Go to HHH home page.
Smart Politics
 


Smart Politics Projections: Iowa State Senate (2008)

Bookmark and Share

Through November 3rd, Smart Politics will be running a series of electoral projections for Upper Midwestern federal and state governmental contests. The fourth projections in the series are State Senate races in the State of Iowa.

Iowa: State Senate.
Balance of power: Democrats (30 to 20)
2006 Results: Democrats, net 5 seats
Seats up for reelection in 2008: 25
Districts to defend: Republicans = 14 of 20 (70 percent); Democrats = 11 of 30 (37 percent)
Open seats: Republicans = 6; Democrats = 1
Incumbents on the ballot: Republicans = 8; Democrats = 10
Districts without major party opposition: Republicans = 5; Democrats = 1

Outlook: The best opportunities for Democratic pick-ups will be in open Districts 18, 20, and 22 and perhaps District 24 (against GOP incumbent Jerry Behn). The open race in District 48 presents another opportunity. Given their limited options, the Republican's best chances to steal seats come in Districts 38, 42, and 46. However, Democrats are running incumbents in all these districts, so, given the current political environment, this will be no easy task.

Projection: Democrats +3. Democrats retain control of Senate.

Previous post: Smart Politics ‘Post-Election Preview’
Next post: Smart Politics Projections: Iowa State House (2008)

Leave a comment


Remains of the Data

No Free Passes: States With 2 Major Party Candidates in Every US House Race

Indiana has now placed candidates from both major parties on the ballot in a nation-best 189 consecutive U.S. House races, with New Hampshire, Minnesota, Idaho, and Montana also north of 100 in a row.

Political Crumbs

Gubernatorial Highs and Lows

Two sitting governors currently hold the record for the highest gubernatorial vote ever received in their respective states by a non-incumbent: Republican Matt Mead of Wyoming (65.7 percent in 2010) and outgoing GOPer Dave Heineman of Nebraska (73.4 percent in 2006). Republican Gary Herbert of Utah had not previously won a gubernatorial contest when he notched a state record 64.1 percent for his first victory in 2010, but was an incumbent at the time after ascending to the position in 2009 after the early departure of Jon Huntsman. Meanwhile, two sitting governors hold the record in their states for the lowest mark ever recorded by a winning gubernatorial candidate (incumbent or otherwise): independent-turned-Democrat Lincoln Chafee of Rhode Island (36.1 percent in 2010) and Democrat Terry McAuliffe of Virginia (47.8 percent in 2013).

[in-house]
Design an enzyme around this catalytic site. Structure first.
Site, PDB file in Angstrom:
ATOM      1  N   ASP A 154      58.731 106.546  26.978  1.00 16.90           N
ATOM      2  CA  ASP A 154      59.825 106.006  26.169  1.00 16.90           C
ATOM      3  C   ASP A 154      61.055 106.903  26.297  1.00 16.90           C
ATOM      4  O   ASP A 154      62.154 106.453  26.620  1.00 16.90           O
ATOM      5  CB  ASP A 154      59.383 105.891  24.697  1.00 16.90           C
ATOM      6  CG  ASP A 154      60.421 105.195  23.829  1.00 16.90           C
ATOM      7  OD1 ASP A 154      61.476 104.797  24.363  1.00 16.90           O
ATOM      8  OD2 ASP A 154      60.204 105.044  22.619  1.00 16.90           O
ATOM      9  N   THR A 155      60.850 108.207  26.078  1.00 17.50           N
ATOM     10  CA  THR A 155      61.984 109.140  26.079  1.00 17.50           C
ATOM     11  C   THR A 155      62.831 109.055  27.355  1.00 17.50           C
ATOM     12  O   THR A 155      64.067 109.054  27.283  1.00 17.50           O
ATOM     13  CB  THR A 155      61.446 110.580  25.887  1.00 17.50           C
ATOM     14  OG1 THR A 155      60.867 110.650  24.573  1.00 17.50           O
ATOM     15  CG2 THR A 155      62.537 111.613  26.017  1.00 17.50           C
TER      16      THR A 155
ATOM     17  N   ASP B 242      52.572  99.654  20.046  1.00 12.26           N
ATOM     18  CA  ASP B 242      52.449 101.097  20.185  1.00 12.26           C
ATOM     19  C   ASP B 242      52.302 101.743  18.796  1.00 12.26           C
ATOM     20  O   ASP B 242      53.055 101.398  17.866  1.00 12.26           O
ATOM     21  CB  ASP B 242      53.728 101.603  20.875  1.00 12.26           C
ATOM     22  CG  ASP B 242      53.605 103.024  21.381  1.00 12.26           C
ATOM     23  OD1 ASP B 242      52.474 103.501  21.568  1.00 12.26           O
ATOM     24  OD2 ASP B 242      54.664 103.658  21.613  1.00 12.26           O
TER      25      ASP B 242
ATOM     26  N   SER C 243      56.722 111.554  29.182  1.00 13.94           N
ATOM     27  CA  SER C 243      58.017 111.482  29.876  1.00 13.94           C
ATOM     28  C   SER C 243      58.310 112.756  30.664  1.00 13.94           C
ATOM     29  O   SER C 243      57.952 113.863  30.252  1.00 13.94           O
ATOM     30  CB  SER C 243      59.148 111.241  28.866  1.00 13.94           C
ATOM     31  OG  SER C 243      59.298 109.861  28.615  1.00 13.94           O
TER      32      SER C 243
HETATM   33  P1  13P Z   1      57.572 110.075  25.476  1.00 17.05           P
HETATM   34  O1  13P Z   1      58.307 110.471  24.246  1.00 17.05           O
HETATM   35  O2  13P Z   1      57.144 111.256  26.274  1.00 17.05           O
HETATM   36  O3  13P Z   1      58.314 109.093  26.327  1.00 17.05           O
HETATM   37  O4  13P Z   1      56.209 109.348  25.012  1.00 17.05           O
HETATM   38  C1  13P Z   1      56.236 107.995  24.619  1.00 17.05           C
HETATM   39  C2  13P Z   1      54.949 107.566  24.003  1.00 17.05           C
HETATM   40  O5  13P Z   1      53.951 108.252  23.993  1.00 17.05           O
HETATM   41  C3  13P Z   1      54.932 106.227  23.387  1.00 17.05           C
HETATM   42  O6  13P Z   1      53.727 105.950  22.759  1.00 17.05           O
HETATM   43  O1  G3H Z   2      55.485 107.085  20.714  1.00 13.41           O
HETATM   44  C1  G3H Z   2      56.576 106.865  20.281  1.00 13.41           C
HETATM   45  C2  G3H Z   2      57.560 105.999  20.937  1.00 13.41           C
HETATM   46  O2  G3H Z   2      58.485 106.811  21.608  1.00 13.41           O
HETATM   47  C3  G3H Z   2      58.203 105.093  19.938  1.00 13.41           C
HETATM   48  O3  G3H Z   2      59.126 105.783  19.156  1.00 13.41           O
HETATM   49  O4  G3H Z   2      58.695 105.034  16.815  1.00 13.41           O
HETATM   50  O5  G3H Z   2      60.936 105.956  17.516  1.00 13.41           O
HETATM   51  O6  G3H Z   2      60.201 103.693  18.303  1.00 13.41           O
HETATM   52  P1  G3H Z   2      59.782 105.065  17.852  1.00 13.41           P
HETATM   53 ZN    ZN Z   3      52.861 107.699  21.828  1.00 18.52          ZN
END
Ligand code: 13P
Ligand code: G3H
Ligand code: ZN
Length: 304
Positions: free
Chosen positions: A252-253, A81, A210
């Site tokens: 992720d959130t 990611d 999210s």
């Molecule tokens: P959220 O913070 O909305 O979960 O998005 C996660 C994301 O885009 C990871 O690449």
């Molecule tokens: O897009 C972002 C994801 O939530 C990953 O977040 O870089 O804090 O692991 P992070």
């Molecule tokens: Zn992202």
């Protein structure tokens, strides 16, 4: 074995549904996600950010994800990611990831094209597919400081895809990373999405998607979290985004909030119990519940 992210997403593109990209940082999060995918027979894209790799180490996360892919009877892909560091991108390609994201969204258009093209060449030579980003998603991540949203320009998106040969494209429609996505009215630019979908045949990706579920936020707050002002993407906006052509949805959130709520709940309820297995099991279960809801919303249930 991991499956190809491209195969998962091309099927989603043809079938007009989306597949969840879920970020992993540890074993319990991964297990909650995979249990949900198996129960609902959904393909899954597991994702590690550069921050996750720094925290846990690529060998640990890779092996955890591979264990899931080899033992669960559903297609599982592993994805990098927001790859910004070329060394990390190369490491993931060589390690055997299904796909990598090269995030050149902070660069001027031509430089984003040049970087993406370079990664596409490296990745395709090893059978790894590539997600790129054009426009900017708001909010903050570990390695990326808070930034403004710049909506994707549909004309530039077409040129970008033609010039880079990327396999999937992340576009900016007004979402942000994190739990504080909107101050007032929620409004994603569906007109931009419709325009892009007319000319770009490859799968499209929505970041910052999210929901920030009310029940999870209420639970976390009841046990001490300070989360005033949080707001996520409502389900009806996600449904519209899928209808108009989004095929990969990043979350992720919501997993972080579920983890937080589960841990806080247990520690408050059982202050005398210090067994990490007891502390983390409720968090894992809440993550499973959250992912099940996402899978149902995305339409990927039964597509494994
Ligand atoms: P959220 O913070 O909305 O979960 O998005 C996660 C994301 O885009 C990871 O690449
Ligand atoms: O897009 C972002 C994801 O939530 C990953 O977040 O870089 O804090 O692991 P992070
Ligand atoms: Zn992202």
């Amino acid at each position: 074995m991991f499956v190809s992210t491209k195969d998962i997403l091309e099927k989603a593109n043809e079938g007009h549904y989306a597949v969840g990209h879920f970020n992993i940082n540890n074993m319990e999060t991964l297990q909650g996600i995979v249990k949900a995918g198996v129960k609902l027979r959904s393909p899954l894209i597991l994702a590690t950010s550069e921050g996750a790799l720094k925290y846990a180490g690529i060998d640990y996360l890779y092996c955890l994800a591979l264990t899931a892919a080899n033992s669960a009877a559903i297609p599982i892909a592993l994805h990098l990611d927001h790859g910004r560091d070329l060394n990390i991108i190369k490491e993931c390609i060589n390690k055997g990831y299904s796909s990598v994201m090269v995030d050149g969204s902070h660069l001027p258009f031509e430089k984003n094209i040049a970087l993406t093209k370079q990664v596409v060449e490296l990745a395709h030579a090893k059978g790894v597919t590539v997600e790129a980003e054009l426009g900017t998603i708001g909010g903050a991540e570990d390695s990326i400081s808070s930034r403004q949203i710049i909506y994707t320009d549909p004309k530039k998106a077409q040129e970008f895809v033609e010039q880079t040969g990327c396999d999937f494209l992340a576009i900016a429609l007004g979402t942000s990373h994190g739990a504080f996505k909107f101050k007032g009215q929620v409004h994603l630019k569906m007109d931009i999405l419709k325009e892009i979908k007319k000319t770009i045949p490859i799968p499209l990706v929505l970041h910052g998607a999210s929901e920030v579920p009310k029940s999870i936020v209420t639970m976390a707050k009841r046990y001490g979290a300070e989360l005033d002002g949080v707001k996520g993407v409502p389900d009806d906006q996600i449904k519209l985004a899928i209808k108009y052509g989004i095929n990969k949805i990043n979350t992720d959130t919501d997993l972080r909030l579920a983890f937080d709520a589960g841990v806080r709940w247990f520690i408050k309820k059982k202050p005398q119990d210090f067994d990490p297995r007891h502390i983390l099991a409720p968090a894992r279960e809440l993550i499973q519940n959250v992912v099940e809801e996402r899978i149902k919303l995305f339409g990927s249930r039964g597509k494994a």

An Idaho Six Pack

Two-term Idaho Republican Governor Butch Otter only polled at 39 percent in a recent PPP survey of the state's 2014 race - just four points ahead of Democratic businessman A.J. Balukoff. Otter's low numbers reflect his own struggles as a candidate (witness his weak primary win against State Senator Russ Fulcher) combined with the opportunity for disgruntled Idahoans to cast their votes for one of four third party and independent candidates, who collectively received the support of 12 percent of likely voters: Libertarian John Bujak, the Constitution Party's Steve Pankey, and independents Jill Humble and Pro-Life (aka Marvin Richardson). The six candidate options in a gubernatorial race sets an all-time record in the Gem State across the 46 elections conducted since statehood. The previous high water mark of five candidates was reached in seven previous cycles: 1902, 1904, 1908, 1912, 1914, 1966, and 2010.


more POLITICAL CRUMBS

Humphrey School Sites
CSPG
Humphrey New Media Hub

Issues />

<div id=
Abortion
Afghanistan
Budget and taxes
Campaign finances
Crime and punishment
Economy and jobs
Education
Energy
Environment
Foreign affairs
Gender
Health
Housing
Ideology
Immigration
Iraq
Media
Military
Partisanship
Race and ethnicity
Reapportionment
Redistricting
Religion
Sexuality
Sports
Terrorism
Third parties
Transportation
Voting